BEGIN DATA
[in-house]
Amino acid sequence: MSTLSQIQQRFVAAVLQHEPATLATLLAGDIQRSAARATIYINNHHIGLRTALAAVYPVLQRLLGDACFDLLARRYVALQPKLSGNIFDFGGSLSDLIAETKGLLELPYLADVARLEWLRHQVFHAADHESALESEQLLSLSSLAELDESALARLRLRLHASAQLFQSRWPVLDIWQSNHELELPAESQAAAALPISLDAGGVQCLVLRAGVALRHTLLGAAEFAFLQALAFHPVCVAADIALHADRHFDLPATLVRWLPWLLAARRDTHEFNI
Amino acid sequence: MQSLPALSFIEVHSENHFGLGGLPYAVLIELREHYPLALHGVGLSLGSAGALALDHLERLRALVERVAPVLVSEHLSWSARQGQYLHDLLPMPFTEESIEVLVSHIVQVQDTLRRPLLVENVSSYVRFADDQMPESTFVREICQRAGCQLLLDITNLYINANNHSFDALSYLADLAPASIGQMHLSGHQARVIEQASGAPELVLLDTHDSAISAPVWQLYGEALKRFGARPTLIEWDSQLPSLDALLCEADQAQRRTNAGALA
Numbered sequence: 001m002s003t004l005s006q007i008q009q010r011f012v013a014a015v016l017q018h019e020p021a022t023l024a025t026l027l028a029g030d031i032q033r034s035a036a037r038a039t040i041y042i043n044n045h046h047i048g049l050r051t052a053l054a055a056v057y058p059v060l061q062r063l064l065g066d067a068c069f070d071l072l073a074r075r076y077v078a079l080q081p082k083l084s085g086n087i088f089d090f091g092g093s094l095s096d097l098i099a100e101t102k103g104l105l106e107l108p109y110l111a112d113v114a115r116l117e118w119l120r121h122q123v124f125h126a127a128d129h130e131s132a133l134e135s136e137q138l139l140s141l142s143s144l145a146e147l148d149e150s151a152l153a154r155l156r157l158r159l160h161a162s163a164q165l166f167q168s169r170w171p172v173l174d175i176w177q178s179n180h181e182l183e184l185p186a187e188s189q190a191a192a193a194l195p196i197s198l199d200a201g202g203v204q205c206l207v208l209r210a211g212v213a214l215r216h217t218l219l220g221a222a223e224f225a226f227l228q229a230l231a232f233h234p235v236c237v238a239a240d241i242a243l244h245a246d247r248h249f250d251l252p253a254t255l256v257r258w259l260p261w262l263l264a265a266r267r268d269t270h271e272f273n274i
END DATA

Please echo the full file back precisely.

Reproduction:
[in-house]
Amino acid sequence: MSTLSQIQQRFVAAVLQHEPATLATLLAGDIQRSAARATIYINNHHIGLRTALAAVYPVLQRLLGDACFDLLARRYVALQPKLSGNIFDFGGSLSDLIAETKGLLELPYLADVARLEWLRHQVFHAADHESALESEQLLSLSSLAELDESALARLRLRLHASAQLFQSRWPVLDIWQSNHELELPAESQAAAALPISLDAGGVQCLVLRAGVALRHTLLGAAEFAFLQALAFHPVCVAADIALHADRHFDLPATLVRWLPWLLAARRDTHEFNI
Amino acid sequence: MQSLPALSFIEVHSENHFGLGGLPYAVLIELREHYPLALHGVGLSLGSAGALALDHLERLRALVERVAPVLVSEHLSWSARQGQYLHDLLPMPFTEESIEVLVSHIVQVQDTLRRPLLVENVSSYVRFADDQMPESTFVREICQRAGCQLLLDITNLYINANNHSFDALSYLADLAPASIGQMHLSGHQARVIEQASGAPELVLLDTHDSAISAPVWQLYGEALKRFGARPTLIEWDSQLPSLDALLCEADQAQRRTNAGALA
Numbered sequence: 001m002s003t004l005s006q007i008q009q010r011f012v013a014a015v016l017q018h019e020p021a022t023l024a025t026l027l028a029g030d031i032q033r034s035a036a037r038a039t040i041y042i043n044n045h046h047i048g049l050r051t052a053l054a055a056v057y058p059v060l061q062r063l064l065g066d067a068c069f070d071l072l073a074r075r076y077v078a079l080q081p082k083l084s085g086n087i088f089d090f091g092g093s094l095s096d097l098i099a100e101t102k103g104l105l106e107l108p109y110l111a112d113v114a115r116l117e118w119l120r121h122q123v124f125h126a127a128d129h130e131s132a133l134e135s136e137q138l139l140s141l142s143s144l145a146e147l148d149e150s151a152l153a154r155l156r157l158r159l160h161a162s163a164q165l166f167q168s169r170w171p172v173l174d175i176w177q178s179n180h181e182l183e184l185p186a187e188s189q190a191a192a193a194l195p196i197s198l199d200a201g202g203v204q205c206l207v208l209r210a211g212v213a214l215r216h217t218l219l220g221a222a223e224f225a226f227l228q229a230l231a232f233h234p235v236c237v238a239a240d241i242a243l244h245a246d247r248h249f250d251l252p253a254t255l256v257r258w259l260p261w262l263l264a265a266r267r268d269t270h271e272f273n274i